Love, Hiphop, and Genre: Syracuse

In the last two years, as I’ve revised my pedagogy to center writing studies content in my composition classrooms, there have repeatedly been words–terms, concepts, really–that I joke with students they’ll be sick of by the end of a unit or semester. Last fall, in my freshman 105 class, they were: literacy, discourse, and composition.

This term it was all genre. Genre, genre, genre, genre, genre.

Yes, I took my department’s challenge to use genre as the lens through which we approached all assignments and concepts, using genre to access the same concepts of students’ literacies (what genres do they write in?), discourse (what are the discursive demands of different genres?) and even, yes of course, hiphop. (Who knew sampling was a discursive practice with its roots in African-American rhetorical practice? Oh, ok. We did. But my frosh didn’t. But now they do!)

I want to take this opportunity to reflect about how this went.

First of all, my successes. And there’s one I’m really proud of: this is the best I’ve ever done at convincing my non-humanities students–and in today’s preprofessional university, this is most of them–that writing will matter for them in their major and their career. The engine of this recognition was their third unit assignment, which asked them to research a genre they expect to write in in their major or career and interview at least one person who writes in it regularly. My students researched press releases, sports play-by-plays, children’s books, spoken word poetry, medical textbook chapters, biomedical research articles, engineering field reports, event planning proposals, movie reviews, lab reports, health and safety plans, and more. And beyond recognizing about the real audiences, exigencies, and discourses engaged by these genres, they also repeatedly noted and reflected upon the fact that writing was going to follow them into their futures, a reality many had not accepted when they first entered my class.

Without a doubt, this is my greatest success this semester and the biggest boost I got from the genre-centered approach, because I have been trying for my five years as a composition instructor to communicate to my students that there is no person in the 21st century who does not have to write on the job, and who is not more successful when they can do so with a clear sense of message and proof.  I was finally able to achieve this pedagogical goal by deputizing my students to go out on their own and seek out the genres they would need in their own lives.

Now my failings. To be fair to myself, I’ll note that most of them were curricular snafus borne from this being my first time teaching this version of the course. I note them here mostly for my future self, for when I teach this class again.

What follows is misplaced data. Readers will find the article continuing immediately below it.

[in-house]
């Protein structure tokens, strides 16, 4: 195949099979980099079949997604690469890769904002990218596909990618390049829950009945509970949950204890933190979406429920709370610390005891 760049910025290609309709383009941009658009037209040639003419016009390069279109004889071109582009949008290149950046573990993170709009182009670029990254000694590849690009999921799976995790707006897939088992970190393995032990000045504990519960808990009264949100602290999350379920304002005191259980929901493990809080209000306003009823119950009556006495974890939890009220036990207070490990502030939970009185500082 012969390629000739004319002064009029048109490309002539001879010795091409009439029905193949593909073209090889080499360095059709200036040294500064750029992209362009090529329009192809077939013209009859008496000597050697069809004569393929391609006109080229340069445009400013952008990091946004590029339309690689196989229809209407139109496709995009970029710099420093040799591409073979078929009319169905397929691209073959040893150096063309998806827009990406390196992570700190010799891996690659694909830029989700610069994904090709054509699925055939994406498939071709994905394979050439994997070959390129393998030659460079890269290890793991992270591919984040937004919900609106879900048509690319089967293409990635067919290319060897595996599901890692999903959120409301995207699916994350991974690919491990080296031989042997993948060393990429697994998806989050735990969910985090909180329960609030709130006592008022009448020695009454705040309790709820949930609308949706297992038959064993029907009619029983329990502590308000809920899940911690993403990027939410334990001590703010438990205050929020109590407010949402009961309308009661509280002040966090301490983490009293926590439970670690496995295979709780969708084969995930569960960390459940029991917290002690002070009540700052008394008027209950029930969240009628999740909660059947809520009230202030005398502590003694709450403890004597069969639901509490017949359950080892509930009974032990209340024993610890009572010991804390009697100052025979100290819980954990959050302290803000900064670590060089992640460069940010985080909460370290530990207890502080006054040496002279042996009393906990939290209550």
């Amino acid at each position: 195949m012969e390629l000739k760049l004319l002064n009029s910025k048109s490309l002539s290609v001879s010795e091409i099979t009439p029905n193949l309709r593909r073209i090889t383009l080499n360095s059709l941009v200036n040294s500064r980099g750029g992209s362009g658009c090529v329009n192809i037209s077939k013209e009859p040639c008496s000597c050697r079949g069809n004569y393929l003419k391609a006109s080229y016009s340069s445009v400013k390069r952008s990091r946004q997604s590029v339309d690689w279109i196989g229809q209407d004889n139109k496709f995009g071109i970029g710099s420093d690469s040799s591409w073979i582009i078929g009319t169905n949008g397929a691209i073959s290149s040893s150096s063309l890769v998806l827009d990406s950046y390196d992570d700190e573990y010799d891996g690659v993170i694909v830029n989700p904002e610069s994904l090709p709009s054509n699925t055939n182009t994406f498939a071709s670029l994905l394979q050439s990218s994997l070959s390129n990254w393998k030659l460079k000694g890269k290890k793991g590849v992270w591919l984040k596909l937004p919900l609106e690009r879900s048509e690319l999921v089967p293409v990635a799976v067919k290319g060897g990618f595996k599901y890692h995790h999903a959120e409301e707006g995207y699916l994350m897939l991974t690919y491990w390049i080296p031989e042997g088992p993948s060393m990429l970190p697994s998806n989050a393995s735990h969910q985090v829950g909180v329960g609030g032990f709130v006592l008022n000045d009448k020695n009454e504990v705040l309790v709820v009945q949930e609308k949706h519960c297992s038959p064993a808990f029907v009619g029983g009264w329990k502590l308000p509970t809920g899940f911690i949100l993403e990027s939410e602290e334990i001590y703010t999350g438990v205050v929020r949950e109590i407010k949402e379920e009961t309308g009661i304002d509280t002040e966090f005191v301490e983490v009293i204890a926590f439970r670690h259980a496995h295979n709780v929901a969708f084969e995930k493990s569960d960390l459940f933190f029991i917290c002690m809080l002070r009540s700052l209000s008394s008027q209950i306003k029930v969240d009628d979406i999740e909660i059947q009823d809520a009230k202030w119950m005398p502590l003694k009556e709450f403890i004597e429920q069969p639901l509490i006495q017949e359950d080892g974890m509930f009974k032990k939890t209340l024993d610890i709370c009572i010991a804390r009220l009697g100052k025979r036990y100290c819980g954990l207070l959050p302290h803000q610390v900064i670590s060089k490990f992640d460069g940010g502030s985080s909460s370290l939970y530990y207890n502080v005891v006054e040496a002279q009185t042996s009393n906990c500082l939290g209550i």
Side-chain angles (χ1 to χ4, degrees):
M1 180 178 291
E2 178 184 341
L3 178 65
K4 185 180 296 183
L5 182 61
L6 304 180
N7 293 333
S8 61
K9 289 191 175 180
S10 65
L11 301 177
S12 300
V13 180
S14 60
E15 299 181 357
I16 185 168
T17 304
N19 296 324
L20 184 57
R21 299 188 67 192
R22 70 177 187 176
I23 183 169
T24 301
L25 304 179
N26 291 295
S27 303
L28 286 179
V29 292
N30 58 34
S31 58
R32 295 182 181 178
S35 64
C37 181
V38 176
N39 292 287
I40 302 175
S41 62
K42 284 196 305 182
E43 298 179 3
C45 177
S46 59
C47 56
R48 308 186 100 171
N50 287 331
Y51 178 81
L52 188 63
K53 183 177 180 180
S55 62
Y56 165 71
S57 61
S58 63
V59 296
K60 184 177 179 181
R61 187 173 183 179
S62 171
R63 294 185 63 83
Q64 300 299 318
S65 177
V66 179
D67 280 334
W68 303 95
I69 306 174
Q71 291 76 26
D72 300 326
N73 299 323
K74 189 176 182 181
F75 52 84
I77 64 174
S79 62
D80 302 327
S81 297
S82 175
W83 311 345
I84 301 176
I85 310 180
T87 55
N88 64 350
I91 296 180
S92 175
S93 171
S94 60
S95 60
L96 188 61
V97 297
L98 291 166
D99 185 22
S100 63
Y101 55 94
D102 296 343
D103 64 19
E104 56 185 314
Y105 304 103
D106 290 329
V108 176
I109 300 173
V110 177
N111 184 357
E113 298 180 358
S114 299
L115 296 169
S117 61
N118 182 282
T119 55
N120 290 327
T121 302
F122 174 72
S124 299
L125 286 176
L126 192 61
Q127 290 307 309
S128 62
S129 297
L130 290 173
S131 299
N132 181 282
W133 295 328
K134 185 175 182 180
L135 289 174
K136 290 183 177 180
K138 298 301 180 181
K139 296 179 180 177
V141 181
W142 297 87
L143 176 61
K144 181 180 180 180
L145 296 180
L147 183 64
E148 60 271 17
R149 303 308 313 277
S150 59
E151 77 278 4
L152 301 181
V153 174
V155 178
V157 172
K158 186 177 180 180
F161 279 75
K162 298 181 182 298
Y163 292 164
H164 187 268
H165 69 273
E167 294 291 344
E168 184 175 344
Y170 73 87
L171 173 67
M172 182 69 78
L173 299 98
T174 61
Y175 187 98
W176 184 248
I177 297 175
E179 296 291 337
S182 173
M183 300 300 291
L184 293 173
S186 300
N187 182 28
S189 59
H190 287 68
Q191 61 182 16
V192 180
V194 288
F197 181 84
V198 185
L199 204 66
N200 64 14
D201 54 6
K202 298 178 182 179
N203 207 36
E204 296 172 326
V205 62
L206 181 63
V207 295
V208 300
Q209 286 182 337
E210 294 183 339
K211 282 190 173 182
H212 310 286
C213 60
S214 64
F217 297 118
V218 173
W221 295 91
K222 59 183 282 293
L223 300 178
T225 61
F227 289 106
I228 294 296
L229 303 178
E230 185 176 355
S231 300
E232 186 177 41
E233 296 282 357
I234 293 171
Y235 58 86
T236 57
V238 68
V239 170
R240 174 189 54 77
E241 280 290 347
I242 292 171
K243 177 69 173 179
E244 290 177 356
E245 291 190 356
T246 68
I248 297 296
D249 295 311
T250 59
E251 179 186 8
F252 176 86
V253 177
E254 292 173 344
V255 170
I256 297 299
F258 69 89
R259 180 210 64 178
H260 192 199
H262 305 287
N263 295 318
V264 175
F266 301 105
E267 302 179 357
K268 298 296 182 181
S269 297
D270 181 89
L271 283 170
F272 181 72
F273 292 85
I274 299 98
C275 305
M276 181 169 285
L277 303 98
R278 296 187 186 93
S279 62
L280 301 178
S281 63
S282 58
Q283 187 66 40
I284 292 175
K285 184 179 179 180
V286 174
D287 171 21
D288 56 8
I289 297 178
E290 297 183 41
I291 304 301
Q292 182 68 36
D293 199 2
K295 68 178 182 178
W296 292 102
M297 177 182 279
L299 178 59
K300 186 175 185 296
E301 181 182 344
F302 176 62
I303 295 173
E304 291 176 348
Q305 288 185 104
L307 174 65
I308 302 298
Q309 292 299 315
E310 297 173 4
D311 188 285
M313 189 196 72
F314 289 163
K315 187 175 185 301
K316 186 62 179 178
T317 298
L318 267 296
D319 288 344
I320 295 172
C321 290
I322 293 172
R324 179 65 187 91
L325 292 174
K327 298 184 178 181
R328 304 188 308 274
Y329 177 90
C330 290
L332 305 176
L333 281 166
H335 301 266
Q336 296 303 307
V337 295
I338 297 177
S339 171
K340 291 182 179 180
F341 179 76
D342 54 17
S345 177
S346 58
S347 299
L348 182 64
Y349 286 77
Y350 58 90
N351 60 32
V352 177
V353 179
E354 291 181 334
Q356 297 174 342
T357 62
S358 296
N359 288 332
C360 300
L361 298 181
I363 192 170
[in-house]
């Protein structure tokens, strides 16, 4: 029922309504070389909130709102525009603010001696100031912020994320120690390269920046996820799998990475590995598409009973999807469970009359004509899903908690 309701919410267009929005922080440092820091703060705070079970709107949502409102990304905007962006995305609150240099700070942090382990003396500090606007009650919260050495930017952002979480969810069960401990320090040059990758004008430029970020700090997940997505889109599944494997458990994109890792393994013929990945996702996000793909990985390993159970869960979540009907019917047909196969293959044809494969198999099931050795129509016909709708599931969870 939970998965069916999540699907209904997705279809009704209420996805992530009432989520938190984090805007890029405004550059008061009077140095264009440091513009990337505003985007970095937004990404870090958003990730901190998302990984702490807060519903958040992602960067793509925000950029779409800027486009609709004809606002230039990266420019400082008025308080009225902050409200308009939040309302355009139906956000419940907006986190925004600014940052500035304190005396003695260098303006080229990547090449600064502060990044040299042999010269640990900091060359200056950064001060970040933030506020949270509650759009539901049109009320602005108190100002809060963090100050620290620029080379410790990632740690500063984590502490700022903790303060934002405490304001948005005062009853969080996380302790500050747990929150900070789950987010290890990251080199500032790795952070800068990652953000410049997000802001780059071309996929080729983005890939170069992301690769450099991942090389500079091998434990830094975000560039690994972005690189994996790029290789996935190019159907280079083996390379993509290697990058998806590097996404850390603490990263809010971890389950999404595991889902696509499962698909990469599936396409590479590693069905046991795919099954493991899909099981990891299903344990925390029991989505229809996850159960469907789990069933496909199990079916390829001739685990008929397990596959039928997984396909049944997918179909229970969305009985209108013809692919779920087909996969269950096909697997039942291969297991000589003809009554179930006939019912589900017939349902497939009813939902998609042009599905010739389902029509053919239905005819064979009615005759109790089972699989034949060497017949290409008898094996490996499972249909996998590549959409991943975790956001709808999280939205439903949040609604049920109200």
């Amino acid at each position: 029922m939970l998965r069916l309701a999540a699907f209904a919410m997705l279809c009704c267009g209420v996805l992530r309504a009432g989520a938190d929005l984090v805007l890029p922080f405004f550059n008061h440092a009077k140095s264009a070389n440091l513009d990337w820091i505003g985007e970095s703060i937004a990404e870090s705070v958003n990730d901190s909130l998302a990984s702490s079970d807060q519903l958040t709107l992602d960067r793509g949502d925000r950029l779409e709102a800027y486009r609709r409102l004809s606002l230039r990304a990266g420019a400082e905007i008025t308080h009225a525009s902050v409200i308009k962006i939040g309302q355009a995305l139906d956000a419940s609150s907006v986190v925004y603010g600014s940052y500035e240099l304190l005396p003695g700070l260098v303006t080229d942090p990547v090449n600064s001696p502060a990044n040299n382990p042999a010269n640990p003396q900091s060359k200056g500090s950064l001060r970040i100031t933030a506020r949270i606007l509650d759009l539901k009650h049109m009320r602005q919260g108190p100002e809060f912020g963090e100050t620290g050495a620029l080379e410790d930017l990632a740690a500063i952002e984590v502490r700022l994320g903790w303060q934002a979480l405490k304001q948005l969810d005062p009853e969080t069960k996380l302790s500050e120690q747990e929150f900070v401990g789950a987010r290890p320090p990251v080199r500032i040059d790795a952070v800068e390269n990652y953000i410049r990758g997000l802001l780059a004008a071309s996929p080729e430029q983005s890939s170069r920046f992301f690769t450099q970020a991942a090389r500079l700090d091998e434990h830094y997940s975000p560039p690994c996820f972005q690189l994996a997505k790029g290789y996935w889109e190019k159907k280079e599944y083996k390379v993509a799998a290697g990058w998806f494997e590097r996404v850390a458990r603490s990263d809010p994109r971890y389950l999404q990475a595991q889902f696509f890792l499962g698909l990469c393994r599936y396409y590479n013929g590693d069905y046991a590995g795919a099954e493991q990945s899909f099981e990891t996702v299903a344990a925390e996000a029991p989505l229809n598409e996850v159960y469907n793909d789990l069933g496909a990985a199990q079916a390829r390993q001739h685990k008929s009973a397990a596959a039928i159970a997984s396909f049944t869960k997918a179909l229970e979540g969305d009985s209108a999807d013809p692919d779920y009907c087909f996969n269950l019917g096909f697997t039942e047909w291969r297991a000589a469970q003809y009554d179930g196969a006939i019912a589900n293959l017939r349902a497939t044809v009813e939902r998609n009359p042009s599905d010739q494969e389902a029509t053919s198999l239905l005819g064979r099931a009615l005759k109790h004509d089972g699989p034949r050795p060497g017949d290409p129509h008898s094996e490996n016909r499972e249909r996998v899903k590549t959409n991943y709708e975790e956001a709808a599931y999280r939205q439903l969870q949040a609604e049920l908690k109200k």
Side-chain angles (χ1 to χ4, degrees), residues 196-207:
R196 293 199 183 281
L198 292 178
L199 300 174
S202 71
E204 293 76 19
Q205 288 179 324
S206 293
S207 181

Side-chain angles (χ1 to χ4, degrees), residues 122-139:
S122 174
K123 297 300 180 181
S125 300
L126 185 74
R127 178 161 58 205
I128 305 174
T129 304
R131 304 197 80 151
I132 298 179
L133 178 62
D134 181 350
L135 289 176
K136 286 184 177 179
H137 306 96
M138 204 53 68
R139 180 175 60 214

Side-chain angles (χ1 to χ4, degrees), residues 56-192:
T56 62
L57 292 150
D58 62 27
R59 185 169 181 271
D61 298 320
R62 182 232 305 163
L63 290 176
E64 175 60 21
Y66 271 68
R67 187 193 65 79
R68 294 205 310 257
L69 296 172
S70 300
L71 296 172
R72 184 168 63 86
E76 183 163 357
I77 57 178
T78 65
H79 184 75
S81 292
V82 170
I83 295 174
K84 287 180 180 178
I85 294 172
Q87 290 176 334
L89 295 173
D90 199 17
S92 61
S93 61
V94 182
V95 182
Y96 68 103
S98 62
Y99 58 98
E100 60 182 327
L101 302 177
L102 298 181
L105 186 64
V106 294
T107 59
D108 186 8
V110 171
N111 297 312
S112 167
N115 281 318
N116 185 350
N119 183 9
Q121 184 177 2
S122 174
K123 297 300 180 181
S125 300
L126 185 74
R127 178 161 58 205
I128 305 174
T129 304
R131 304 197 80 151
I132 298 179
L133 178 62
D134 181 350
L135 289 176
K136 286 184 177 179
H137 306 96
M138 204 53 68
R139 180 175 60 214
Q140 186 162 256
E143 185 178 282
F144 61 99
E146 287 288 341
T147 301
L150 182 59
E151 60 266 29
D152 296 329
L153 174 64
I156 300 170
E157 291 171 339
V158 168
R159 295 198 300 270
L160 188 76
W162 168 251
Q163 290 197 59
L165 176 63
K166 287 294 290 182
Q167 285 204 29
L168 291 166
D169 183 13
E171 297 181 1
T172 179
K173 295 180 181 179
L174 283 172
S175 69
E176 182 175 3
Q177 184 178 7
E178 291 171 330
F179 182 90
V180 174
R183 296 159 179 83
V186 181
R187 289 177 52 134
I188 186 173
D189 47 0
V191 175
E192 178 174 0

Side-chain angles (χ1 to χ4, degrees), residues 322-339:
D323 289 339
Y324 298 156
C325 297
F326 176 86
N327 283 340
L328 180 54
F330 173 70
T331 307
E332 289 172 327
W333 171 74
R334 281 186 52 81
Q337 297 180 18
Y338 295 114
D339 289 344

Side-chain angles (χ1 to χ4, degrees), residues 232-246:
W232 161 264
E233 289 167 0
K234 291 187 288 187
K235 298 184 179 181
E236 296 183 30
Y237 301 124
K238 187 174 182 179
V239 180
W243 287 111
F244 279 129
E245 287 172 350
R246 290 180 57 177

First of all, and it’s a biggie, I need to teach visual and multimodal rhetoric more explicitly, more smartly, and with better readings. I gestured at it in class but in my putting off the reading assignments to find something good to assign, I ended up forgetting to assign a reading and that let to my students giving really boring, ugly powerpoints.

Second: if I assign presentations again, no powerpoints allowed.

Third: if I require students to bring in a 3D object again, we need to have some make art time in class together. A lot of students brought in, like, a handout or a cookie. No shade to cookies, but, ya know.

Four: always build in drafting. I didn’t for the first unit blog post, and there wasn’t much time for student discussion after presentations, and that was bad. More feedback from the class always. Also, this reminds me that I really want to do full-class workshops in the future and center student writing as course texts more. The challenge for me here is that it is always so hard to cut down the assigned readings to make space for this. But I just have to do it.

FIve: I had students tweet and take images of each other in media groups so they could respect each other’s privacy wishes about sharing content on the web, but then other students could also share as well. I should have just had everyone live tweet everyone and have each student start their presentation with a statement of how they wanted their content shared or not and their privacy protected.

Six: I had a students make a Storify but I didn’t have them comment on each other’s Storifys using the little built-in comment thing. So I should do that!

Ok enough with those quibbles. I want to close by brainstorming about next semester, when I teach 205, the required critical research course for second-semester sophomores.

The version I taught last spring and summer moves through three units: an opening critical reading unit, where I give the students a bunch of articles about hiphop, discourse, literacy and education; a research unit, where they identify a research question and pursue it independently; and a paper-writing unit, where they write the paper. Also usually I make them reflect at the end, because I ❤ reflective writing.

Mostly I need an excuse to teach this article, a lawyer’s inquiry into the traffic stop scene in “99 Problems.”

I wonder what would happen if I made them research method, genres, and research questions in their fields, design a project for that field, and then execute it? I like that idea. I also like the idea of them keeping a blog all semester and I ALSO like the idea of having a class blog where one student is responsible for writing a course recap every week and then we workshop it in class the next week. What do y’all think of that? TB, out.

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